Local Coffee Shop Criticized in Online Post

SHS employees respond to Gunther Tooties controversy

Sarah Snow and Bridget Nicolo

Many South Shore residents are aware of the recent controversy surrounding the local coffee shop, Gunther Tooties: a former employee posted a lengthy message criticizing the store’s management and food storage policies. Multiple townspeople have come forward on social media, raising concerns about the freshness of food items, sharing their own stories, and questioning the general cleanliness of the workplace environment. A singular Facebook post led to an entire following, and now a whole community of people has joined together to address this issue. 

In the hopes of preventing false rumors and providing first-hand insight into the controversy, two SHS seniors and current Gunther Tooties employees, Valentine McNeilly and Gabby Walsh, offered some insight into the employee experience at the coffee shop, which is located near the Greenbush train station. 

Walsh began working at Gunther Tooties in June of 2020 and has loved her experience so far. In addition to the friends she’s made, who make it “a really fun, chill work environment,” Walsh said she enjoys the ability to expand upon her love of coffee. She especially likes learning how to make coffee “a bunch of different ways.” Walsh described one of her favorite aspects of the job–forming relationships with the customers: “I love seeing the regulars–and their dogs–and being able to remember their orders.”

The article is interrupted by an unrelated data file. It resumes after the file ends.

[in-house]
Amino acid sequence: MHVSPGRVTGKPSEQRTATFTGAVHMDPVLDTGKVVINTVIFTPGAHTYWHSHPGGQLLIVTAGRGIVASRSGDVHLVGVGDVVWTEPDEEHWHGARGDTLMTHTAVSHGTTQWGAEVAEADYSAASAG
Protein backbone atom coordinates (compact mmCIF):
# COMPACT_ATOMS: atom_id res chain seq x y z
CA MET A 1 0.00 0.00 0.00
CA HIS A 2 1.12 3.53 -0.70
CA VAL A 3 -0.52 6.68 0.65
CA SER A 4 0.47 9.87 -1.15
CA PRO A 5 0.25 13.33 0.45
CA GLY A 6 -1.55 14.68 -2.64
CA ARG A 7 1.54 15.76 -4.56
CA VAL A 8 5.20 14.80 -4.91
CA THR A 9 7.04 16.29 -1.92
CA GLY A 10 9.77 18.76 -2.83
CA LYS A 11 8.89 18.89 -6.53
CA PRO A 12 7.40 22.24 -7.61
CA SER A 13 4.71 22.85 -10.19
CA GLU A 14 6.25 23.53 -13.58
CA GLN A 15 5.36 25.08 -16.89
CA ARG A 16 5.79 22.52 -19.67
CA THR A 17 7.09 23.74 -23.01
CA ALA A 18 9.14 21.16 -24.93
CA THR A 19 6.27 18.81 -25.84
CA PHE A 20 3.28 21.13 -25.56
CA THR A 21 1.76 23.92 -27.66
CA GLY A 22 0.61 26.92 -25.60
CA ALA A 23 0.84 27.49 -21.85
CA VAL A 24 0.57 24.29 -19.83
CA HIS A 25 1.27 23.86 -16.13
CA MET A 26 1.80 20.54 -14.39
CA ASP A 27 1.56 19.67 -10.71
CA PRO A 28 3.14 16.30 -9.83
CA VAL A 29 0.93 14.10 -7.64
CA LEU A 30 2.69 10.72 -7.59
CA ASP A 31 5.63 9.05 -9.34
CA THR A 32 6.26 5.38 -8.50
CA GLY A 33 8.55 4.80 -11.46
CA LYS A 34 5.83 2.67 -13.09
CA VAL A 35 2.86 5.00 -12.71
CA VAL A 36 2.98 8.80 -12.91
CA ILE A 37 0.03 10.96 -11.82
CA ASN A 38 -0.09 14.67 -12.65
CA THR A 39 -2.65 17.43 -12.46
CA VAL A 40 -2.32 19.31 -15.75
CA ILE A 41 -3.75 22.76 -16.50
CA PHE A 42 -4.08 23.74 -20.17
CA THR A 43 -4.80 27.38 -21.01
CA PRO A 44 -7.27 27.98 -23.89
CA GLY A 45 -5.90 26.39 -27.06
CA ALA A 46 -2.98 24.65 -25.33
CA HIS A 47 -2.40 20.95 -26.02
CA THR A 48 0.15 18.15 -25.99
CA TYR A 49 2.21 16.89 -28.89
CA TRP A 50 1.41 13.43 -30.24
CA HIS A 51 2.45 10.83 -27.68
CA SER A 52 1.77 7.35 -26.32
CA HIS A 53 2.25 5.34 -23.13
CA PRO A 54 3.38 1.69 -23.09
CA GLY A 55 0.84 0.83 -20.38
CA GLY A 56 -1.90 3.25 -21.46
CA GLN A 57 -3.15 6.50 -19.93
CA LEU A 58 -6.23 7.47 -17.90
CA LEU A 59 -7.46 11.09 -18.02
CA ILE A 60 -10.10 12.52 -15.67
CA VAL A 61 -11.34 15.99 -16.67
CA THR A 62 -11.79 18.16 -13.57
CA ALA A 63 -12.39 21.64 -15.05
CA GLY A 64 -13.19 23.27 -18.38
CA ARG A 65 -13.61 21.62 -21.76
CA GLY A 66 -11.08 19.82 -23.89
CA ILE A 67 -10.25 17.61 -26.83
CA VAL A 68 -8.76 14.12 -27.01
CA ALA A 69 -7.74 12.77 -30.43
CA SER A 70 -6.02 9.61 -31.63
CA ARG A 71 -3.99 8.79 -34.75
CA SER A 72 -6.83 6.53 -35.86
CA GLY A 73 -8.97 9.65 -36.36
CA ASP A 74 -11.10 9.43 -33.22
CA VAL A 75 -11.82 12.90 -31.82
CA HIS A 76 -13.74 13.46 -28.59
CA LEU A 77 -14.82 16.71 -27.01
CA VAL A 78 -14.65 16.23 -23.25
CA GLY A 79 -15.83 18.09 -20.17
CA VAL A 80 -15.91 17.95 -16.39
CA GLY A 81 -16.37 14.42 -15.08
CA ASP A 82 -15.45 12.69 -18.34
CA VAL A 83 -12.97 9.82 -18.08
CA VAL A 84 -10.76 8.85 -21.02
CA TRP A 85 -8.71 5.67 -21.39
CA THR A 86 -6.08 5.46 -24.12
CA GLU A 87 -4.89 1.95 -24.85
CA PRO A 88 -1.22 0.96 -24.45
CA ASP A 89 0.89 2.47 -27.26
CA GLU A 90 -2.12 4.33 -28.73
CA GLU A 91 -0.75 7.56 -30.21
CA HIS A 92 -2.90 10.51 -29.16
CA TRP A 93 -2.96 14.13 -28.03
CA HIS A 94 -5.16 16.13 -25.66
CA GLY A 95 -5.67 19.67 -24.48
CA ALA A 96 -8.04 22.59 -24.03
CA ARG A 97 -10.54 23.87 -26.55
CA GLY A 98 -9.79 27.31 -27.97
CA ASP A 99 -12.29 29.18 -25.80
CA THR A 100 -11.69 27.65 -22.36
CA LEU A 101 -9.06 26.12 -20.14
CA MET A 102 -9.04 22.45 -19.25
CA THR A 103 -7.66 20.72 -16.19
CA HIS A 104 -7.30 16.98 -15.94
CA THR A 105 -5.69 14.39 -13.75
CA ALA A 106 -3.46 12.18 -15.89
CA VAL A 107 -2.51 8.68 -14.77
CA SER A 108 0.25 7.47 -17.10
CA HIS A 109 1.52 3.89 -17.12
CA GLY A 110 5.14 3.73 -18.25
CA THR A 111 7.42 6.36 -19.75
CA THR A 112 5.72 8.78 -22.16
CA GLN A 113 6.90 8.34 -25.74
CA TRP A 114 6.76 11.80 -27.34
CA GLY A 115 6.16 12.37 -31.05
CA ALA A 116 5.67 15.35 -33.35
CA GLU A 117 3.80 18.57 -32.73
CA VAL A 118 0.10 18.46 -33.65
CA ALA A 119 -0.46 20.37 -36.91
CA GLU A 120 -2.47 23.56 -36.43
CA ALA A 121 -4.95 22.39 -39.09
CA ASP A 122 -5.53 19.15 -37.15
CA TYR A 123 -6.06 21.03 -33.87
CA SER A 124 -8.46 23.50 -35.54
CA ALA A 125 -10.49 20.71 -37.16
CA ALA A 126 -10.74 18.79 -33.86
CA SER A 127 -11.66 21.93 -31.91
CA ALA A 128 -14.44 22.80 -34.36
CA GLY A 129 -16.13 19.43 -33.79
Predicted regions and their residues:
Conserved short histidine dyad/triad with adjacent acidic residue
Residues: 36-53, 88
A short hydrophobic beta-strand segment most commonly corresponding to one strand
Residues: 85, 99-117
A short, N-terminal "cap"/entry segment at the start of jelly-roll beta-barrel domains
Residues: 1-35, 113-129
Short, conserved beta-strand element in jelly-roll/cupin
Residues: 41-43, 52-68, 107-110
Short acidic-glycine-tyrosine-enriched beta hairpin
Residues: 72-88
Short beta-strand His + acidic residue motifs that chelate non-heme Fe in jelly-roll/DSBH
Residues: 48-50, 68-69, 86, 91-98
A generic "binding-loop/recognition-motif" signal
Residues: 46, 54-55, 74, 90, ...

Regarding the recent Facebook post, Walsh finds it frustrating that everyone jumped to conclusions about the business so quickly after the online criticisms were released: “I don’t want people to have unnecessary fear about concerns that, if true, I would also be reasonably upset about.”

Since the controversy started, Walsh and others have experienced a drastic shift in their work environment. Business, she says, has been significantly slower, and “tips have slowed down quite a bit.”

A long-time friend of Walsh, Valentine McNeilly, shared many of the same sentiments, having for the most part only good things to say. McNeilly started working at the coffee shop in March of 2021 after Walsh encouraged her to apply for the job. She remarked that her manager is “very good” to them and is “always helping us out.” Recently, the manager has offered to drive Walsh to opening shifts because Walsh’s car was totaled in a car accident. (Walsh was not injured in the accident.) McNeilly described the environment as being “very worker-friendly.” Her only real complaint is “the shortage of workers on the weekdays,” which causes, their “extremely busy chef to also take on the role of barista when there is a shortage of weekday employees.” It appears that other than her wish for more full-time workers, McNeilly’s experience as a worker has been a positive one.

When asked to speak on the recent controversy, McNeilly stated, “Almost all of it is untrue.” She disagrees with the concerns that were posted on Facebook, describing the environment as “a very sanitary establishment with fresh and healthy foods.” Recently, the store had a representative from the Board of Health conduct an inspection, and McNeilly noted, “the kitchen passed easily.” Still, in light of the recent Facebook activity, McNeilly commented, “Gunther Tooties Scituate has been very slow, which is unfortunate, as we work for tips.”

Even in such a small town, this situation is a glaring example of how easy it is for online posts to escalate to an entire community of concern, backed with very few concrete truths. Unfortunately, in this circumstance, the direct consequences seem to be affecting high school-aged employees, like Walsh and McNeilly, as they facing significant tip shortages.